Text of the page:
We human beings are created beings. We have not brought ourselves into existence. It is God, the Creator of everything else, who has created us, too. And He hasn’t done so as a sport or in jest. There is a very clear purpose for which He has made us. And that purpose is the true purpose of human life. Any other purpose is deviation, which is bound to end in doom, as my life almost did. Only a life that is led according to the purpose for which God has created us is a truly successful and meaningful one.
If you want to know the purpose for which a particular thing has been created, the right person to consult is the person who created it. Likewise, it is the One who created us who knows what the real purpose of our life is. We can’t learn the purpose for which God has created us on our own, unaided. We need to turn to God to learn this.
God has communicated to us the purpose for which He has made us ever since He settled man on earth. He has sent a succession of messengers across the world, to every nation, telling them the reason for their existence, the purpose for which they have been created and to which they should devote their lives. This message that all God’s numerous messengers have conveyed all through human history has been one and the same.
The Quran expresses this message beautifully. In the Quran (51:56), God says: “I created the jinn and humankind only that they might worship Me.”
Worshipping God, then, is the purpose of life.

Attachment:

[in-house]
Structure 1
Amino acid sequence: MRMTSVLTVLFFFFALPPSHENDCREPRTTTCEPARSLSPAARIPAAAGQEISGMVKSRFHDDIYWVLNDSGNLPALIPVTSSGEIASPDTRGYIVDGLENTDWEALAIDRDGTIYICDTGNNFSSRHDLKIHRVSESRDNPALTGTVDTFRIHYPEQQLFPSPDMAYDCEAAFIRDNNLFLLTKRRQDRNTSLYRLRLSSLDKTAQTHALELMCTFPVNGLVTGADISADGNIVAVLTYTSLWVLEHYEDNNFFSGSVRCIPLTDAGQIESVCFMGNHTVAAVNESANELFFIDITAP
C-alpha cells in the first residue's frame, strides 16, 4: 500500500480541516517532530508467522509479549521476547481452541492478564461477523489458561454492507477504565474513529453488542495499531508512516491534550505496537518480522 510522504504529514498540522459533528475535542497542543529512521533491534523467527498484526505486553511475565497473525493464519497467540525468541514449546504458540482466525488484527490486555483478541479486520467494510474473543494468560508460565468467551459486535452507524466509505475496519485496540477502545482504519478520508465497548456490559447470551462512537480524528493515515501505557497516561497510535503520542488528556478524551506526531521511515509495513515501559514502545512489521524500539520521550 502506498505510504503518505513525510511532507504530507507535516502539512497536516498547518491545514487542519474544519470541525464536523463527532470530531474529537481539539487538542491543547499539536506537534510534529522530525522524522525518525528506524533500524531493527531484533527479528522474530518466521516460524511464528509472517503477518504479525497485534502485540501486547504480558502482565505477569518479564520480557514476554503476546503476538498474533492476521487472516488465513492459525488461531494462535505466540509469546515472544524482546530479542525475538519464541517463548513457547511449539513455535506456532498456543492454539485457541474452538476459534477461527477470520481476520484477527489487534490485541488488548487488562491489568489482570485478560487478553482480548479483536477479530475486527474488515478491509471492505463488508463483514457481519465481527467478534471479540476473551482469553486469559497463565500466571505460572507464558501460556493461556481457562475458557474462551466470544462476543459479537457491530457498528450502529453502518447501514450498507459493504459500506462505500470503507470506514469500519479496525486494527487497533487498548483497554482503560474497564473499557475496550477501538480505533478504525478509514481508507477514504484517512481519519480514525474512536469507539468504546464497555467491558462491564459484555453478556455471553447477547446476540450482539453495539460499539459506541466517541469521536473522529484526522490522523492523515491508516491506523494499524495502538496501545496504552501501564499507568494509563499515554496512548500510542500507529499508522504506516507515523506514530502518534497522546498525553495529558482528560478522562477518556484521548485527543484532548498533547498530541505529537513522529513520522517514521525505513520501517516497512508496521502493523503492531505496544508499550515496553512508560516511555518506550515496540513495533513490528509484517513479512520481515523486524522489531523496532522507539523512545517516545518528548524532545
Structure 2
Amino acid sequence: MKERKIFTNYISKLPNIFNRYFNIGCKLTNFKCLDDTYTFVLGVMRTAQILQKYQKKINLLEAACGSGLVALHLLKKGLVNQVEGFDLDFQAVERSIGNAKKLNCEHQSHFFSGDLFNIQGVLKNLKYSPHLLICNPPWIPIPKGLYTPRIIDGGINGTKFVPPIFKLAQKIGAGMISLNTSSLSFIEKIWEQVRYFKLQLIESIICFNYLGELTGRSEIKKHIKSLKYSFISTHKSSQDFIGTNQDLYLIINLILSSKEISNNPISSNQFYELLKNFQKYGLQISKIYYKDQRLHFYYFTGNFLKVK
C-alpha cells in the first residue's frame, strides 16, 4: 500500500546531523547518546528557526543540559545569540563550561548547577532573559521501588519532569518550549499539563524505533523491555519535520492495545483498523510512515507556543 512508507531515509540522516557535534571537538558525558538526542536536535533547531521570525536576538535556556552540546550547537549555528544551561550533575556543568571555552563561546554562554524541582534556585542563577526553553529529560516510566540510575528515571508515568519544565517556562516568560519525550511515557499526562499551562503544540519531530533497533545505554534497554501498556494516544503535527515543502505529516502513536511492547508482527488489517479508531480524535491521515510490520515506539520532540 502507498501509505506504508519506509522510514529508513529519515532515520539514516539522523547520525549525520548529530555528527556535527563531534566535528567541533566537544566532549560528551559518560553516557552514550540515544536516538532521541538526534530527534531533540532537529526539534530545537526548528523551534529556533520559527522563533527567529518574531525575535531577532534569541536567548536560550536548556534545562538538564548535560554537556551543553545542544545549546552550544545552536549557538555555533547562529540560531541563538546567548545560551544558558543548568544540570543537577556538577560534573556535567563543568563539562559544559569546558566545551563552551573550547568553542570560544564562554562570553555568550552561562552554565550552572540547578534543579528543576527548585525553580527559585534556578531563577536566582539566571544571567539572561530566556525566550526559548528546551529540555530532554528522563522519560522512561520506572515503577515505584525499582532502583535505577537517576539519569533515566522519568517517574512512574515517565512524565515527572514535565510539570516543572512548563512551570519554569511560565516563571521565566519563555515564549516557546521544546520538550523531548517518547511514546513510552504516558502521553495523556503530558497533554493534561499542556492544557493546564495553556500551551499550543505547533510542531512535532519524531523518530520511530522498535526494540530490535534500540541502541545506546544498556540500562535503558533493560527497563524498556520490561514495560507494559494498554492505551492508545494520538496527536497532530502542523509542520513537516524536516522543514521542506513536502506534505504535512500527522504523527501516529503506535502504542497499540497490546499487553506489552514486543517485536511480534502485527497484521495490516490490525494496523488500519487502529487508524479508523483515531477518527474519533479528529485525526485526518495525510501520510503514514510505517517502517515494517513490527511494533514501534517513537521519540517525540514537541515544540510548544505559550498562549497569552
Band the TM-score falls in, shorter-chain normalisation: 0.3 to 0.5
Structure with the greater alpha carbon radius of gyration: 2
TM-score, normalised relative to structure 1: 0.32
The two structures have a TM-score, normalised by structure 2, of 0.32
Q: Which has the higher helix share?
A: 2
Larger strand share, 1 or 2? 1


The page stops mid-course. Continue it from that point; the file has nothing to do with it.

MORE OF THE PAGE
Worship is not just praying to God and engaging in actions embodied in certain rituals, as is all-too-commonly thought. Every action of ours—even eating, sleeping, admiring nature, watering a plant, feeding a cat or dog, talking with a friend, singing a song or reading a book—can be a form of worship or service of God if its intention is to do God’s will and to earn His pleasure. And yes, excelling in one’s studies, getting a good job, maintaining a decent bank balance, maintaining a nice home, shopping in a mall, eating out in a restaurant, taking a vacation once in a while—all these, too, can be forms of worship, if done to please God and for His sake.
Worshipping God, rather than worshipping our own selves, I’m now hopefully beginning to understand, is the purpose of human life, the reason for which we have been placed here on earth for a brief time. It is in pleasing God, rather than maximizing our sensual pleasures, that our true pleasure lies.
Although I definitely cannot say that all this new learning has completely transformed my life, if I really want that whatever little time may now remain of my life be truly well-spent and in accordance with the purpose for which I have been created, I do know that it ought to.